LONGMONT — The Front Range Community College chapter of the American Association of University Professors wants former FRCC President Janet Gullickson reinstated.
The group has asked its membership to write letters to legislators asking for an investigation into why Gullickson was forced out of her position.
Karen Reinertson, the former director of the Department of Health Care Financing and Policy, was appointed to lead FRCC a week and a half after Gullickson’s July 21 resignation.
The association also would like the Legislature to look into what is happening throughout the Colorado Community College System.
Gullickson “had such a positive influence in the short time she was here,” said Dana Waller, a member of the AAUP at Front Range. “Sure, you can find things she didn’t do exactly right or that she would do differently next time, but not enough to have anyone question whether she should stay on or not. I don’t think her competency was an issue at all.”
Nancy McCallin, president of the Colorado Community College System, has said since the day Gullickson resigned that she can’t discuss the reasons behind her departure.
Because Gullickson was replaced so quickly, many faculty and administrators at Front Range say they feel betrayed because they had participated in two nationwide searches to find Gullickson and nobody at the community college was consulted about Reinertson’s appointment.
More faculty would protest Reinertson’s appointment, but there is “this atmosphere of intimidation and fear among the community college’s faculty,” said state Sen. Brandon Shaffer, a Democrat who represents parts of Boulder, Longmont, Erie, Lafayette and Louisville.
Ever since Gullickson’s resignation, Shaffer said, he has been inundated with phone calls, letters and e-mails from people concerned about the direction in which the community college system is headed.
Shaffer said he is not satisfied with the response he has received from McCallin.
McCallin has stated numerous times that she appointed Reinertson quickly because she didn’t want to leave Colorado’s largest community college to go too long without a leader.
“What she fails to mention is that the largest reason that position needed to be filled is that she fired the previous president for no real reason,” he said.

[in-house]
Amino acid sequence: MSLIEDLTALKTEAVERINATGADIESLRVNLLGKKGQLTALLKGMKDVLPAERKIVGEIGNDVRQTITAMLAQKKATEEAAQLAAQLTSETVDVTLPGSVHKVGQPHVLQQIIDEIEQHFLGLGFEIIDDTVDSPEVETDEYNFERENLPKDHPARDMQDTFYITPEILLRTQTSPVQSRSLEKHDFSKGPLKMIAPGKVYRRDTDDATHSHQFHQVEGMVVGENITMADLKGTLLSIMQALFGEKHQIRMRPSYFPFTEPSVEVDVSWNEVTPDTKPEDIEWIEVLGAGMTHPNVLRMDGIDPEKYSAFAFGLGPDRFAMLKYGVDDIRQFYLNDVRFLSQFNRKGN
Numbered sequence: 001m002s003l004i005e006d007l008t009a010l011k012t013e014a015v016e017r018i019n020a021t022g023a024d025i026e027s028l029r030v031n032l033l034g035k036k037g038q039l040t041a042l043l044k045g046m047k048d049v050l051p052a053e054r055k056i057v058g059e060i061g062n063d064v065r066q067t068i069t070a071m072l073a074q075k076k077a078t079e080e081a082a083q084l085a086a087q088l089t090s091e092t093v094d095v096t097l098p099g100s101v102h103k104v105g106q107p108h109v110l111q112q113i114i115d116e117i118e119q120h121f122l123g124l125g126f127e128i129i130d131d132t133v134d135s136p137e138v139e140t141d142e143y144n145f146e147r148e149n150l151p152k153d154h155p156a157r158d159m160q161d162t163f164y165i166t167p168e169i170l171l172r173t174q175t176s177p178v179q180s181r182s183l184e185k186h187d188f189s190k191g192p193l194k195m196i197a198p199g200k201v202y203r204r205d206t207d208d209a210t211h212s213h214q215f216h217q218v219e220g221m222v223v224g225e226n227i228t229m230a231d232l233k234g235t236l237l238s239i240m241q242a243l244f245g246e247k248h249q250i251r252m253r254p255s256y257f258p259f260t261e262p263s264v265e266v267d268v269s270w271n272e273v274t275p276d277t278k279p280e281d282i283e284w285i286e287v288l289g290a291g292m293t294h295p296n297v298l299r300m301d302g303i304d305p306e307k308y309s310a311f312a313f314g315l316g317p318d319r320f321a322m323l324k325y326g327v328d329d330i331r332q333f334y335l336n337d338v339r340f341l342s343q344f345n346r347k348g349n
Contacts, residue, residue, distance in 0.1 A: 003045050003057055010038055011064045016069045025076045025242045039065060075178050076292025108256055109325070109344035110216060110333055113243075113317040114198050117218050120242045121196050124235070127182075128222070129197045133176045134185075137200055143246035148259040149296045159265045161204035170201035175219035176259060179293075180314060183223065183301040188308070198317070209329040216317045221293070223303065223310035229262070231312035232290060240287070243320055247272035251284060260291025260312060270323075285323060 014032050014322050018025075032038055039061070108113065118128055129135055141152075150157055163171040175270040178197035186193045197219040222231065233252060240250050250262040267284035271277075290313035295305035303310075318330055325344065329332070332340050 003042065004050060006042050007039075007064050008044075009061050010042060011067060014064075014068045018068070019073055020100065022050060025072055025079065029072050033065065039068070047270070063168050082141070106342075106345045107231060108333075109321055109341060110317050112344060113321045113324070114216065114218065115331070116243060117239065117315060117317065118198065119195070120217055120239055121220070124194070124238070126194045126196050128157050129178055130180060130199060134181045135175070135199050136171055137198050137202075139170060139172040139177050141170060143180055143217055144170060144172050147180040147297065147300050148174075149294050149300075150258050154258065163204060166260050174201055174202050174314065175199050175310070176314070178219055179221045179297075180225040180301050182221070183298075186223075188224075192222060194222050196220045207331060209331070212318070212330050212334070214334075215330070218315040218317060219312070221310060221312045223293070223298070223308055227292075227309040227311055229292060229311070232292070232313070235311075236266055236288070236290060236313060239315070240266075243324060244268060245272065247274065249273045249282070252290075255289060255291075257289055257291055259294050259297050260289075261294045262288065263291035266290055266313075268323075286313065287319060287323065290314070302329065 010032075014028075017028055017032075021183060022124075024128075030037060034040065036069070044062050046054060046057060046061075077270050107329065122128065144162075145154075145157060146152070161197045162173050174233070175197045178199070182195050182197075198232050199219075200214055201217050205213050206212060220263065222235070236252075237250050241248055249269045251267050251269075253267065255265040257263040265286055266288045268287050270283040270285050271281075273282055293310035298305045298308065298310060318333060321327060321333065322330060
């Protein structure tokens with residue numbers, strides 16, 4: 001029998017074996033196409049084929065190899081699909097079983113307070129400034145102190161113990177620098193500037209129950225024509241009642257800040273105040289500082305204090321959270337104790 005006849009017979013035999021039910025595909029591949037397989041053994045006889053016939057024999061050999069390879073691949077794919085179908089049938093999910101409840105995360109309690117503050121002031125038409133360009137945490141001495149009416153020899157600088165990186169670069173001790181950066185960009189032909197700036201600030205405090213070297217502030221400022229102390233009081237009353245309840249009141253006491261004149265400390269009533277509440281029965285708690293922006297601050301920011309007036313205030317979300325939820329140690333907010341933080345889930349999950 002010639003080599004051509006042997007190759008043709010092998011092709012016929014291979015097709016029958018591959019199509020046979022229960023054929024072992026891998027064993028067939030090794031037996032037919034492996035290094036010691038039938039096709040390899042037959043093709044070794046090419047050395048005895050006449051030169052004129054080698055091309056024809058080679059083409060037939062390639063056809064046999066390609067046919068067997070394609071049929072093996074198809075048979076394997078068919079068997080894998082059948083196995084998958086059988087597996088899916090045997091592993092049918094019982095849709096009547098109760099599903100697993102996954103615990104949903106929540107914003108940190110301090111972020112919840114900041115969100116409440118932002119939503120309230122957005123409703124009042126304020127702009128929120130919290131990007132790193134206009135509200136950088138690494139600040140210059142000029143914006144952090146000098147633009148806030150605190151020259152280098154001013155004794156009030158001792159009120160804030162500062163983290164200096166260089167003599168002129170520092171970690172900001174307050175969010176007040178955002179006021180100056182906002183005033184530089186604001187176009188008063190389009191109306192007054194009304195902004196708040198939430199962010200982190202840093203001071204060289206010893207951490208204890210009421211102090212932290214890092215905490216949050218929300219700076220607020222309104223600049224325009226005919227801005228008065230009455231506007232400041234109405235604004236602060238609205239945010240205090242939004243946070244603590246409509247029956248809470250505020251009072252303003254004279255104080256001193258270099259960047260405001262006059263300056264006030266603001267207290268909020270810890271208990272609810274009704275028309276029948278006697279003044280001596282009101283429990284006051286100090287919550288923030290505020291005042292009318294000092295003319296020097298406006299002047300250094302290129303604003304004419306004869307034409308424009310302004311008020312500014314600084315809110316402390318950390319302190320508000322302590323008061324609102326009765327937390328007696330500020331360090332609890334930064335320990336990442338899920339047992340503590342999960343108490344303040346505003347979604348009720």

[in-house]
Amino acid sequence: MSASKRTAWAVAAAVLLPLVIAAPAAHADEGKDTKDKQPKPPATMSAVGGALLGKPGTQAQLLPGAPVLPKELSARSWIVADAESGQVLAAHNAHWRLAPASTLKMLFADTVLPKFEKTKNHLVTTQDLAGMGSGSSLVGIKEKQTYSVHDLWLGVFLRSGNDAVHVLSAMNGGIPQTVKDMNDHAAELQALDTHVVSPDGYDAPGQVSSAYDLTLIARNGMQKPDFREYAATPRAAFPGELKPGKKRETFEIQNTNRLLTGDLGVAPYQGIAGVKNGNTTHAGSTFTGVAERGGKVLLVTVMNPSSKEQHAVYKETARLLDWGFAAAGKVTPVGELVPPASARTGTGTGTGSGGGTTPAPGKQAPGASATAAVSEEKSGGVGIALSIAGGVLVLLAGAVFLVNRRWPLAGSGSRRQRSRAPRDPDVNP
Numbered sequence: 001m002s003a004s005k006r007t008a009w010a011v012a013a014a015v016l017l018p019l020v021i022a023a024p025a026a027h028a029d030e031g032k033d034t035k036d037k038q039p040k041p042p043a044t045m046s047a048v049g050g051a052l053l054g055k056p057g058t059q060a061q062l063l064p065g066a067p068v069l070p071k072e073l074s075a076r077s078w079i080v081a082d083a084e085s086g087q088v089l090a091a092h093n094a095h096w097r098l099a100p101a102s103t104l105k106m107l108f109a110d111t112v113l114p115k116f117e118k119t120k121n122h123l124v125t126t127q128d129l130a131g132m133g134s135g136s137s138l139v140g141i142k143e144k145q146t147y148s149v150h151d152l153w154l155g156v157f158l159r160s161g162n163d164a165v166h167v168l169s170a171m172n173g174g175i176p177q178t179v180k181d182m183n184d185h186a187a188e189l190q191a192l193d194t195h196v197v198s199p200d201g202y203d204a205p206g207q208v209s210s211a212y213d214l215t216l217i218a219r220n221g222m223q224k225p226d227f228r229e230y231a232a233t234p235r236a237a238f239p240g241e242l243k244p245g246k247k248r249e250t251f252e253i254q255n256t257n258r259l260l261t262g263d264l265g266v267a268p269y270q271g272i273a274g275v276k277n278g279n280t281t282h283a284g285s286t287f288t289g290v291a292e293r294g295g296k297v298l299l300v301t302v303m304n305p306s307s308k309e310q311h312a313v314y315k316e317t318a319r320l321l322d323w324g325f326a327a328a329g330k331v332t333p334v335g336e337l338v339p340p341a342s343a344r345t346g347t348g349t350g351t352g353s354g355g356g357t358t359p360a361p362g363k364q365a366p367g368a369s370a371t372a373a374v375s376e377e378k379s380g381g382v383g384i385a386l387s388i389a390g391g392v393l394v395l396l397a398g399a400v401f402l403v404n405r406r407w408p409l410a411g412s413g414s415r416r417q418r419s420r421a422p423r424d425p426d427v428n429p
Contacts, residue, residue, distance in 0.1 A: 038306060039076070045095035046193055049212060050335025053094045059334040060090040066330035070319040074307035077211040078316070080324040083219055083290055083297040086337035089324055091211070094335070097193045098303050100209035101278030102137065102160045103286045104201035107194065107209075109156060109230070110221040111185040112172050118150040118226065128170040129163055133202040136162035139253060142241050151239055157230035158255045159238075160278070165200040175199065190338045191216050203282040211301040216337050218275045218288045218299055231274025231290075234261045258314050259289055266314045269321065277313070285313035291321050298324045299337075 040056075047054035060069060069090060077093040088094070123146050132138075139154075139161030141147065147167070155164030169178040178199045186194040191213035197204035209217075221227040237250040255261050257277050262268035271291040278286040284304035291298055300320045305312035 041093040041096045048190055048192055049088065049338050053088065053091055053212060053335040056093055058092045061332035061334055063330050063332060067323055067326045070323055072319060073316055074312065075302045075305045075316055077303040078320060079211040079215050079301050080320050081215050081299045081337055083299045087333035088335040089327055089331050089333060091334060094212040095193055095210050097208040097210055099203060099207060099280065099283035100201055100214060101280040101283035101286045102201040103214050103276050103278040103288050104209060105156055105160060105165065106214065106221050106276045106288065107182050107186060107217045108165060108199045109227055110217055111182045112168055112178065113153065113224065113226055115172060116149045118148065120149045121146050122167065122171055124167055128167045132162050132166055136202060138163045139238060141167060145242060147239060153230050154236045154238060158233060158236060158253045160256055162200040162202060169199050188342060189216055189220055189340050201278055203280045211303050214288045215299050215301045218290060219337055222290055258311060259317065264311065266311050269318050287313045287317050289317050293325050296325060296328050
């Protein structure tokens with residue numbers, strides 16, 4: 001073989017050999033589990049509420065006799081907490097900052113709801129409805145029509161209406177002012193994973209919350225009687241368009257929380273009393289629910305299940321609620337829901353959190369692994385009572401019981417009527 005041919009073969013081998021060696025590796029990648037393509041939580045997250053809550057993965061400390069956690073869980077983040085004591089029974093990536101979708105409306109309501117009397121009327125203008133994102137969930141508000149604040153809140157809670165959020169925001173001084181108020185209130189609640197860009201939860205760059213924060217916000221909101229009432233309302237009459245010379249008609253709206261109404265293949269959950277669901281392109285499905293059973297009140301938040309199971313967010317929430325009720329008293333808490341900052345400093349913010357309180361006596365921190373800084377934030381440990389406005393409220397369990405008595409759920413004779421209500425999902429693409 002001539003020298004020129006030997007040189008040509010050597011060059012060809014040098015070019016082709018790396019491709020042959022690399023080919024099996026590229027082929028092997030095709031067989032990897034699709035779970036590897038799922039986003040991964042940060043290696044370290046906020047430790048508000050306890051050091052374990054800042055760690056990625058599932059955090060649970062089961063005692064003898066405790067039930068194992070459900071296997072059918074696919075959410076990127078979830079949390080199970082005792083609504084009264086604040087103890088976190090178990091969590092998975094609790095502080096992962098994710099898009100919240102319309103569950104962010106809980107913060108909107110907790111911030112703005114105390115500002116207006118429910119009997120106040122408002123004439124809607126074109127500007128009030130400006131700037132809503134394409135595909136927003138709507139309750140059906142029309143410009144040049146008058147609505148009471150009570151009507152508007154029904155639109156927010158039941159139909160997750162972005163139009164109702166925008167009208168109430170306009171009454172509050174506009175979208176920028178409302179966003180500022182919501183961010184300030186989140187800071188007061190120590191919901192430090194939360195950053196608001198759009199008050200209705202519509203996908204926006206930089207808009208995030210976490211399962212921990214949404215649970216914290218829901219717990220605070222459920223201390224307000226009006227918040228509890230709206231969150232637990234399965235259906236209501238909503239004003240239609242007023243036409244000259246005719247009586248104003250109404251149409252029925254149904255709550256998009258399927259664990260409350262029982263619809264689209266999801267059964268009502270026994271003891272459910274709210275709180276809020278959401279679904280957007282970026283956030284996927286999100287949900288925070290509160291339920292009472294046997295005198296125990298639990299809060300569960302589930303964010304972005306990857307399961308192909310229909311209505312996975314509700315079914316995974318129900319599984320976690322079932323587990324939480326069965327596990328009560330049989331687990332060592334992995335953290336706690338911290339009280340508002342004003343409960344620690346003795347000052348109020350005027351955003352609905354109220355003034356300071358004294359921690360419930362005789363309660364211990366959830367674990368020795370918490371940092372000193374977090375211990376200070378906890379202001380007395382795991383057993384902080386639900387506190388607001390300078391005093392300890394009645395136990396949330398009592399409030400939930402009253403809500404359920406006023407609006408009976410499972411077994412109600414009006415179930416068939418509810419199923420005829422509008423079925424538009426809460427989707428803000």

Shaffer said he has discussed higher education with many of his colleagues at the statehouse, and many “expressed concerns over what is happening with community colleges in our state and the unbridled power that a person like Nancy McCallin can wield as it relates to the community college system,” he said.
He added that there’s been discussion at the Capitol about new legislation or holding a special hearing and inviting McCallin to speak about what she is trying to accomplish, he said.
“Let her reveal what her hidden agenda is,” he said. “A lot of people on both sides of the aisle feel ... there at least has been a violation of the spirit of the law and how the process should operate.”
McCallin “is not an elected official. She should be held accountable to somebody when implementing public policy regarding our community college system,” Shaffer said.
Waller said her colleagues at FRCC are “all mourning.”
“We all feel a tremendous loss from Jan’s (departure) and each of us has to work it out in our own way, and many of us feel that we can’t let it go until every avenue has been pursued,” she said.
In a written statement, McCallin told the Daily Times-Call that her appointment of Reinertson to lead Front Range was done with the “full support of the State Board for Community Colleges and Occupational Education.”
And “that is not going to change,” she said. “Karen Reinertson has the unwavering support of the state board and the system.”
Paula Aven Gladych can be reached
at 303-684-5211 or by e-mail at email@example.com.